Nicaraguan coffees have a wide range of flavor attributes. Some cup like Mexican coffees from Oaxaca, others have a more pronounced acidity.
El Salvador coffee had a poor reputation for years, marred mostly by the inability to deliver coffee of high quality within an unstable social climate.
Coffee from Panama was once overlooked and under-rated, but not any longer.
Ethiopia is the birthplace of coffee: it is in the forests of the Kaffa region that Coffea Arabica grew wild.
Okay, it is a continent and an island. But how do you classify Australian coffee?
Burundi is a small landlocked country at the crossroads of East and Central Africa, straddling the crest of the Nile-Congo watershed.
Coffee from the Indonesian island of Bali was formerly sold exclusively to the Japanese market.
Frank Sinatra sang, "They grow an awful lot of coffee in Brazil." It is unquestionably true; it's the largest producer of arabica coffee and not a small amount of robusta too.
The arabica coffee plant was brought to Indonesia from India in 1696. Java coffee had a legendary status around the world until the last century.
Coffee from Myanmar is not seen often in the US marketplace. In fact after the one offering we had from 2000, we haven't see in since!
Cameroon is an oddball in the Specialty Coffee terms.
Coffea arabica came to Tanzania with Jesuits and German colonization, and it was likely quite similar Bourbon varieties still grown to this day.
Coffee from China is becoming interesting, as better farming practices are being employed in some cases, and coffee is being planted at higher elevations than before.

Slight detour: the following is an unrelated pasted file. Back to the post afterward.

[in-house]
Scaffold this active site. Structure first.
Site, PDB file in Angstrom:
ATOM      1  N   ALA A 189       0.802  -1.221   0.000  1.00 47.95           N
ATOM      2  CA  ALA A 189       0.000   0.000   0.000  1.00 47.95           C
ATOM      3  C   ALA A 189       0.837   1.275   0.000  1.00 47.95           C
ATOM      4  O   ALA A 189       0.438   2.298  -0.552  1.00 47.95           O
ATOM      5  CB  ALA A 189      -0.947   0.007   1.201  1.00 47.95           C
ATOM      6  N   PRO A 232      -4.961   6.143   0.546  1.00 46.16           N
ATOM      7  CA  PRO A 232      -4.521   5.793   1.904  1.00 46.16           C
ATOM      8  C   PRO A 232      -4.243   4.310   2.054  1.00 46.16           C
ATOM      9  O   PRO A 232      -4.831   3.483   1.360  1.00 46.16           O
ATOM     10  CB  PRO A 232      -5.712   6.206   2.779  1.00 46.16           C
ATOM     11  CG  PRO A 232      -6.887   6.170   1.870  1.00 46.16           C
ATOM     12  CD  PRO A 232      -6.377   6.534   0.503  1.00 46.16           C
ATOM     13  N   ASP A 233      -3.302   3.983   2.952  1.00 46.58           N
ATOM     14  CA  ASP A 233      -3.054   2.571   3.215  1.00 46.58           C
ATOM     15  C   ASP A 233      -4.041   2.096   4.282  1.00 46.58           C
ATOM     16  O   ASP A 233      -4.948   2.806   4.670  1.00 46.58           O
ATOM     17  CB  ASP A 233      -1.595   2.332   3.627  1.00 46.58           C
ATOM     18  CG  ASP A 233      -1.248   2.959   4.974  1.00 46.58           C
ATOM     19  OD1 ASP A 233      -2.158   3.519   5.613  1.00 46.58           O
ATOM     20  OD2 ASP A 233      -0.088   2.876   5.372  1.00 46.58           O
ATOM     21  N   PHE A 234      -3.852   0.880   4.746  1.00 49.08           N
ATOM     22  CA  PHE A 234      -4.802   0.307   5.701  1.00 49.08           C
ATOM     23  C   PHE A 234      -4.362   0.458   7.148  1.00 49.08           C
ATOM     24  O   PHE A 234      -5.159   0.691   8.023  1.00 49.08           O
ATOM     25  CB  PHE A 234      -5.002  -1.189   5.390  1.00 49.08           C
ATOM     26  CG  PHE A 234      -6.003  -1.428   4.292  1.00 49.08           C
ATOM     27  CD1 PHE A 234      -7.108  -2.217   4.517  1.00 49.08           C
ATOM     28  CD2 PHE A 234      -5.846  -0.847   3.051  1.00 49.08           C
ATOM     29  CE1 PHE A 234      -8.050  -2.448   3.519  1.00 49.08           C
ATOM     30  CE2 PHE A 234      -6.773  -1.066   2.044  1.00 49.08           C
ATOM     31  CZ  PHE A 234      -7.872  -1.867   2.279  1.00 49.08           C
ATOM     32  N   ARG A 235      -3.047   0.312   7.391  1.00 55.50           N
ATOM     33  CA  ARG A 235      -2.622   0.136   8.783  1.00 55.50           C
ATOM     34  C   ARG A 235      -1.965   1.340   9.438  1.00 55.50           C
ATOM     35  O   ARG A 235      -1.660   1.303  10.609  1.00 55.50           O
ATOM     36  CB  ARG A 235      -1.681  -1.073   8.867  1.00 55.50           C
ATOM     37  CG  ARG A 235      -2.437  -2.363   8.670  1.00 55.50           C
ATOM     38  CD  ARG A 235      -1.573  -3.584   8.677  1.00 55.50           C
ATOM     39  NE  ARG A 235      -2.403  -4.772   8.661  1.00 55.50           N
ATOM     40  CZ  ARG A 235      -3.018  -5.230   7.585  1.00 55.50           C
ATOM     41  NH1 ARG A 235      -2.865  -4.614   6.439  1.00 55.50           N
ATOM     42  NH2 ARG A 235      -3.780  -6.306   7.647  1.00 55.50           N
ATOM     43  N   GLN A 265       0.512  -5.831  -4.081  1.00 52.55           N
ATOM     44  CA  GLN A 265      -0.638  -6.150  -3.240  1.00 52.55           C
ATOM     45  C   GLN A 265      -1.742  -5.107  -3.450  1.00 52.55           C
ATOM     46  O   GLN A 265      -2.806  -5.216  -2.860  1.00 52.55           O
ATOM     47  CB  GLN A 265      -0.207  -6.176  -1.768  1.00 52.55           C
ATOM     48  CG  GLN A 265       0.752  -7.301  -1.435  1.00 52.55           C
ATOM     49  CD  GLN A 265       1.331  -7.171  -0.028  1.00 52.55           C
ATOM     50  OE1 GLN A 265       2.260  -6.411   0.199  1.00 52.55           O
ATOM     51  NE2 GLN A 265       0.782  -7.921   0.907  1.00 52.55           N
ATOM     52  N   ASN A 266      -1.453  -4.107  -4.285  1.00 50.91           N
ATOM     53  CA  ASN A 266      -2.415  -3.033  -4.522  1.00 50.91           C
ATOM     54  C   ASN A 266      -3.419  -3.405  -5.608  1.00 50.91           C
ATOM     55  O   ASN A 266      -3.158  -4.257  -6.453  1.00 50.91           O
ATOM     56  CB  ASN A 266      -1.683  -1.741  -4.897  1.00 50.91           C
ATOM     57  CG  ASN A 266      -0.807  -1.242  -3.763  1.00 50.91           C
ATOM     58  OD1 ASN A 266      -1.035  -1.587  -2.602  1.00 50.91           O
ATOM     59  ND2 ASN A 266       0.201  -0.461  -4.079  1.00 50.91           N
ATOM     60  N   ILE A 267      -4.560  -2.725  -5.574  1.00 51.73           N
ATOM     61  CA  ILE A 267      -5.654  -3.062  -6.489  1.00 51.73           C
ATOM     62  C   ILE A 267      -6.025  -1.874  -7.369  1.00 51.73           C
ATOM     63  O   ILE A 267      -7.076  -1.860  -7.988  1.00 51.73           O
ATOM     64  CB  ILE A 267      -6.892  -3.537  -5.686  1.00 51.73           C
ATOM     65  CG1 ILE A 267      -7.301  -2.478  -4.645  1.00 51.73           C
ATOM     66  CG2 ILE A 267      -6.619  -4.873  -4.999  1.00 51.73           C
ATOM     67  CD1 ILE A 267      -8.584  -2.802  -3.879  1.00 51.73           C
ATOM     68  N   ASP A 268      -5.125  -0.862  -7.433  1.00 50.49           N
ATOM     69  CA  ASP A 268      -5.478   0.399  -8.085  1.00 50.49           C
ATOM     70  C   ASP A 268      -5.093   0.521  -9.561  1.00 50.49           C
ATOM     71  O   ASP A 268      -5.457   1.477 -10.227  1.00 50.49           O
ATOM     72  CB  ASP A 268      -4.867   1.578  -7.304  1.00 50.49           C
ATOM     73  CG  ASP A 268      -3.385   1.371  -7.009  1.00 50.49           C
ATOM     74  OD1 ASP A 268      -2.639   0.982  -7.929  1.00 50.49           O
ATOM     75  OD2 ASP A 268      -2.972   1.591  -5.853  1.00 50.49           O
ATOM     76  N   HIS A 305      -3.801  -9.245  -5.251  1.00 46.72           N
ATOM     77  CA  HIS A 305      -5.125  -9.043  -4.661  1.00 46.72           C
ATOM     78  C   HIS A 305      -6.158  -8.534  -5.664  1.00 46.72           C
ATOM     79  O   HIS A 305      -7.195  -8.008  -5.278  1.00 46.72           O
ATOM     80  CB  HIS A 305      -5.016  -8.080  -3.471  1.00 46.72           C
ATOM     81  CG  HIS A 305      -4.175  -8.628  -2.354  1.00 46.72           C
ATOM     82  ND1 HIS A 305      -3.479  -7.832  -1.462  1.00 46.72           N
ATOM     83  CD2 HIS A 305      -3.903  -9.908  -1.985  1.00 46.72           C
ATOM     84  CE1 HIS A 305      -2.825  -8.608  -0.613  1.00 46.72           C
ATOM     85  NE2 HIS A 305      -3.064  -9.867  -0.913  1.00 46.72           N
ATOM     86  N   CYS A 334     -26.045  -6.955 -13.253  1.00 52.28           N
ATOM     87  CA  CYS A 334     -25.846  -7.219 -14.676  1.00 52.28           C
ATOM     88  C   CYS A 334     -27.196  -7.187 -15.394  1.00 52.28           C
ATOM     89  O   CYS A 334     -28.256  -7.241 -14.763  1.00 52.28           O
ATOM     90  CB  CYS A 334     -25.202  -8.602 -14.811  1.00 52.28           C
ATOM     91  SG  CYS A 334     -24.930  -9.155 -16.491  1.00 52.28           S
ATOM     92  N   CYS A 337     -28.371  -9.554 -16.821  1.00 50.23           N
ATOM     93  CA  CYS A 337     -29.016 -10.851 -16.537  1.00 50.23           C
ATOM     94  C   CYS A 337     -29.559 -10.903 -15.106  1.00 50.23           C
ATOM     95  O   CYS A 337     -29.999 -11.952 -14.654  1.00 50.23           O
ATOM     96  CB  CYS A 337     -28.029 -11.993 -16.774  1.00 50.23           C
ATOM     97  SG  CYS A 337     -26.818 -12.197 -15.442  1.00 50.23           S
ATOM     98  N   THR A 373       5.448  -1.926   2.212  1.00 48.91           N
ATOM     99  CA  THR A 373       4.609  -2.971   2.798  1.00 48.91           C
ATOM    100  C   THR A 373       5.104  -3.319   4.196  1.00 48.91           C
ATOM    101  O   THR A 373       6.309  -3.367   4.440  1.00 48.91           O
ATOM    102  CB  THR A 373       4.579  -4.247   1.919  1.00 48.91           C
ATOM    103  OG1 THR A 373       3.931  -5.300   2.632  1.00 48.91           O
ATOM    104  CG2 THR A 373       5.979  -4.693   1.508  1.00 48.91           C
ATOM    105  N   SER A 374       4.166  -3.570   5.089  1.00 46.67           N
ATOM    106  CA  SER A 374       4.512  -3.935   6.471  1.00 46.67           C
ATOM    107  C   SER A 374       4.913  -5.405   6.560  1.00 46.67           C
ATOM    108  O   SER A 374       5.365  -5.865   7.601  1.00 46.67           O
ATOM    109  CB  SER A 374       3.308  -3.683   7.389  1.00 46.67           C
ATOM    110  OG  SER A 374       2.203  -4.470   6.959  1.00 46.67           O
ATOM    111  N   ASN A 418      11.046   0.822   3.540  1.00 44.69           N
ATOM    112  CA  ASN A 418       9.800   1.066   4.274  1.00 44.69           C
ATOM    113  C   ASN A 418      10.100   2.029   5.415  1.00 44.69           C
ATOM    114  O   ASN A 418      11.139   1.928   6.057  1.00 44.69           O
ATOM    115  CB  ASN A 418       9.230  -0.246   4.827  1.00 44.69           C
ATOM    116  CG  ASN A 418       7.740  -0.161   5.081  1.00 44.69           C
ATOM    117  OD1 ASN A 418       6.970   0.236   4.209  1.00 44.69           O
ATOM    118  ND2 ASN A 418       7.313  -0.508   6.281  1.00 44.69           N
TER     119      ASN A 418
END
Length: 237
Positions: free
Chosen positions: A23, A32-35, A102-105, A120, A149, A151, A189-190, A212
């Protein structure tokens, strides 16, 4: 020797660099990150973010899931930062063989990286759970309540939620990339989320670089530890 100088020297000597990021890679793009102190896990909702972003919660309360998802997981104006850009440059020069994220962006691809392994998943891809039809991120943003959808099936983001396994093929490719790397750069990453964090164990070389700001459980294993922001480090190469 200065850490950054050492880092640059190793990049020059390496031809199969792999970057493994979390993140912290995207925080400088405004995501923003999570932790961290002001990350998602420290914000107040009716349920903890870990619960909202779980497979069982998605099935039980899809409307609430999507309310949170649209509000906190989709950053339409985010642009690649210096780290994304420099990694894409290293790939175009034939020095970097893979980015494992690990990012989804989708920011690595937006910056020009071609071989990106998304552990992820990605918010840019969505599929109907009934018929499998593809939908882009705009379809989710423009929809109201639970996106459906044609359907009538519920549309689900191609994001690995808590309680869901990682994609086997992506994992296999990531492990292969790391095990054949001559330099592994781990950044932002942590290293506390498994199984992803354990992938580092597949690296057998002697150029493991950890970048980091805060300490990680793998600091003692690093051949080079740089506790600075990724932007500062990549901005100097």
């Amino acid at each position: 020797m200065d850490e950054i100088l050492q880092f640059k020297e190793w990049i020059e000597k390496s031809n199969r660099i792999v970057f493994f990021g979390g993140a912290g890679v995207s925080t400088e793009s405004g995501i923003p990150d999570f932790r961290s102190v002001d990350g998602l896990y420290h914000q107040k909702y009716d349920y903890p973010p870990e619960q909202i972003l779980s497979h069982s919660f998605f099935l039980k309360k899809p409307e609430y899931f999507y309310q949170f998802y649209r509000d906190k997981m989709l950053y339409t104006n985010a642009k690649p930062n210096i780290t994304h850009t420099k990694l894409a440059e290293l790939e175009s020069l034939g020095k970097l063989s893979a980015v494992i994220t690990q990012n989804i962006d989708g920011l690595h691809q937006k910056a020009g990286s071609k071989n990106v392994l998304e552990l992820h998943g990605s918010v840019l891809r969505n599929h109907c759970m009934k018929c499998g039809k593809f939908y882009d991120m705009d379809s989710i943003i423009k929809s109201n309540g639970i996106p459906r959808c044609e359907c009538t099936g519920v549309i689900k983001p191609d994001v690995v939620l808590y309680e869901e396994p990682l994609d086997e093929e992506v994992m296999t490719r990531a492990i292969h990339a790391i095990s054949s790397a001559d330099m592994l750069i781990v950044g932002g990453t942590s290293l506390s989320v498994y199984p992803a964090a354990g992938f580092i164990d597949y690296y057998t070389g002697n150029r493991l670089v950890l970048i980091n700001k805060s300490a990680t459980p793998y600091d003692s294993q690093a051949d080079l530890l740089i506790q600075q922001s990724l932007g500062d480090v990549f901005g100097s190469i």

Timor Leste is the independent nation occupying the eastern half of the island, with the western portion being a part of former foe, Indonesia.
Kenya is the East African powerhouse of the coffee world. Both in the cup, and the way they run their trade, everything is topnotch.
Peru has always possessed amazing potential to produce great quality coffee, yet excellent Peruvian coffees are rare. To some degree, the success of Peru coffee has been it's downfall.
There's no better way to learn about a coffee-producing country than to visit, and yet you can spend a lot of time in Bolivia and still not understand the complex relationship between coffee and culture.
Coffee has a long history in Ecuador. It was introduced in the early 19th century and became its main export in the early 20th century.
Colombia is a diverse group of growing regions spread from North to South along the three "cordilleras," the mountain ranges that are the Northern extensions of the Andes.
Honduras coffee quality spans a huge range, from a lower-cost Central American blender coffee, to high-grown lots that rival good Guatemala coffees in acidity and flavor.
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